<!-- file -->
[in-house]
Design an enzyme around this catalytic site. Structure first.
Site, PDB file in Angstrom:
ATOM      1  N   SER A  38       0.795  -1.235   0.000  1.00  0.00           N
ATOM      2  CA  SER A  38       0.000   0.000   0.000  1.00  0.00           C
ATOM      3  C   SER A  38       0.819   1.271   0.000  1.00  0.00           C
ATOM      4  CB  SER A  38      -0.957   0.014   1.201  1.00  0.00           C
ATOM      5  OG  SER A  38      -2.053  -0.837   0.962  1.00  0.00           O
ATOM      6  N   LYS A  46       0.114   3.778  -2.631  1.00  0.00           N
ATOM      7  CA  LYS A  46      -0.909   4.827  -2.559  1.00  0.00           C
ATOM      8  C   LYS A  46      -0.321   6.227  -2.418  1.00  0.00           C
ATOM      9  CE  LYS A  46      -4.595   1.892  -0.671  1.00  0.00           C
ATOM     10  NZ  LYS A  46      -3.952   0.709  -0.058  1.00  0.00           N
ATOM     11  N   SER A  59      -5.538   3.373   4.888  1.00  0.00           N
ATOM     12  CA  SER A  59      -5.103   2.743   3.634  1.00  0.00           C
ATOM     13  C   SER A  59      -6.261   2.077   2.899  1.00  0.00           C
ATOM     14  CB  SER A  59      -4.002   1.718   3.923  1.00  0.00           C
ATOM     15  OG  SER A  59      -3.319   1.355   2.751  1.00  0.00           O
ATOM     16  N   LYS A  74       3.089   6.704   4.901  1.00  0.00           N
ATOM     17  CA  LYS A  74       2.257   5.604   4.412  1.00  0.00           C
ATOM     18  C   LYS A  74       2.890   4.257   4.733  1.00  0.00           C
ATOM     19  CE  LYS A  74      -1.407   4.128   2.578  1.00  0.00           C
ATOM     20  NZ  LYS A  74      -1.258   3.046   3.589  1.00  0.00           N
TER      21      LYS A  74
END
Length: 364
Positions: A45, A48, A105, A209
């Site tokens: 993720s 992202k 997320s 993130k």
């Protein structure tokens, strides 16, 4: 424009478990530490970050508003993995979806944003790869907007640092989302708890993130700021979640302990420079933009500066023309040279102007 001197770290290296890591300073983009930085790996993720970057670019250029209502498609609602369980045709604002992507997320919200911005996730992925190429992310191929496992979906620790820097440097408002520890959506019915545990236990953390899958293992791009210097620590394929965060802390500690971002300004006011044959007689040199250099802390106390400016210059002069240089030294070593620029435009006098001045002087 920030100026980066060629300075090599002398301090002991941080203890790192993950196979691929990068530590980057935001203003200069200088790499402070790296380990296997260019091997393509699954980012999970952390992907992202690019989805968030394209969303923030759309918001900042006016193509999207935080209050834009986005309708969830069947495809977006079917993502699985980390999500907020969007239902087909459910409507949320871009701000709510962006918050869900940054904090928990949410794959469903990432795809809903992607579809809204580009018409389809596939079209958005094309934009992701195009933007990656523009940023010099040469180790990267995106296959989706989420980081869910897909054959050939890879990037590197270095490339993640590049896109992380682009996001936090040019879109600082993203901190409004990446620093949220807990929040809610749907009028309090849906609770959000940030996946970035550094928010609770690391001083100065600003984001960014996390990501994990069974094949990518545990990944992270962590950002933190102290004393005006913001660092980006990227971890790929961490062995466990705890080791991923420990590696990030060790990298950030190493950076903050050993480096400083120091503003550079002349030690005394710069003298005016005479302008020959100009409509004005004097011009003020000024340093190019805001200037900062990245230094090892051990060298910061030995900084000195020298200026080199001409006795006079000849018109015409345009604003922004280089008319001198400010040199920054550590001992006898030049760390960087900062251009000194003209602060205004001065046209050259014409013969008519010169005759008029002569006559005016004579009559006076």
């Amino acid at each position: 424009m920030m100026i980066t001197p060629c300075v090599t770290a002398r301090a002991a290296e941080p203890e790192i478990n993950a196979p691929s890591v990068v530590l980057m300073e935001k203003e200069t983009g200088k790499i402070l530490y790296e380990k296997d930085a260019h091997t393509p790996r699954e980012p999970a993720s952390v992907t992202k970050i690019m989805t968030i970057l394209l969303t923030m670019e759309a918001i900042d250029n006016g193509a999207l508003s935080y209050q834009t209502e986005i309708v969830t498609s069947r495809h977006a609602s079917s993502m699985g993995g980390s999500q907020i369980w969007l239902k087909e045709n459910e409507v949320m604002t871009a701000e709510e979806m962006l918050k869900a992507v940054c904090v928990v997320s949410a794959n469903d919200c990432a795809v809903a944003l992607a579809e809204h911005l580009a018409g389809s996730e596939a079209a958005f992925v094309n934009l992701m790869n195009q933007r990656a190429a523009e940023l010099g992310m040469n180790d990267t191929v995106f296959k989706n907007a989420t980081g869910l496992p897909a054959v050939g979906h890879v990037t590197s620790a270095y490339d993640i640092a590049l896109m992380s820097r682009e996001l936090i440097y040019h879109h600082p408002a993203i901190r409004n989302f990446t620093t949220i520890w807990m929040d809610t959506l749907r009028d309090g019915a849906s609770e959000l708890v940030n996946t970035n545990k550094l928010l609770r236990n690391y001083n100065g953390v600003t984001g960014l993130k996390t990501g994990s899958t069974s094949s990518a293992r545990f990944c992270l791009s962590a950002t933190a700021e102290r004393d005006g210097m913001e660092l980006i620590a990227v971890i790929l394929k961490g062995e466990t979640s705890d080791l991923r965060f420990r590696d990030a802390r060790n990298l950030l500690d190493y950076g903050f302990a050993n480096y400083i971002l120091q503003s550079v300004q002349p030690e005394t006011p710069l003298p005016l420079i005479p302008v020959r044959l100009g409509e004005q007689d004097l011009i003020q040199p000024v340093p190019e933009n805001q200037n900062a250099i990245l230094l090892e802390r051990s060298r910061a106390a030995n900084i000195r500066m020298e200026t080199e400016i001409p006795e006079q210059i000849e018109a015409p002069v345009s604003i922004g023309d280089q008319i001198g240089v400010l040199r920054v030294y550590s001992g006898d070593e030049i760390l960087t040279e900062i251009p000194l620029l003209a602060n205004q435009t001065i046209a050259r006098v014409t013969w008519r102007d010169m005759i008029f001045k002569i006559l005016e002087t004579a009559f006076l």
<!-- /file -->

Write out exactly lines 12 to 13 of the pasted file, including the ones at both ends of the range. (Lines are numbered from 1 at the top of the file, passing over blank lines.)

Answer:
ATOM      9  CE  LYS A  46      -4.595   1.892  -0.671  1.00  0.00           C
ATOM     10  NZ  LYS A  46      -3.952   0.709  -0.058  1.00  0.00           N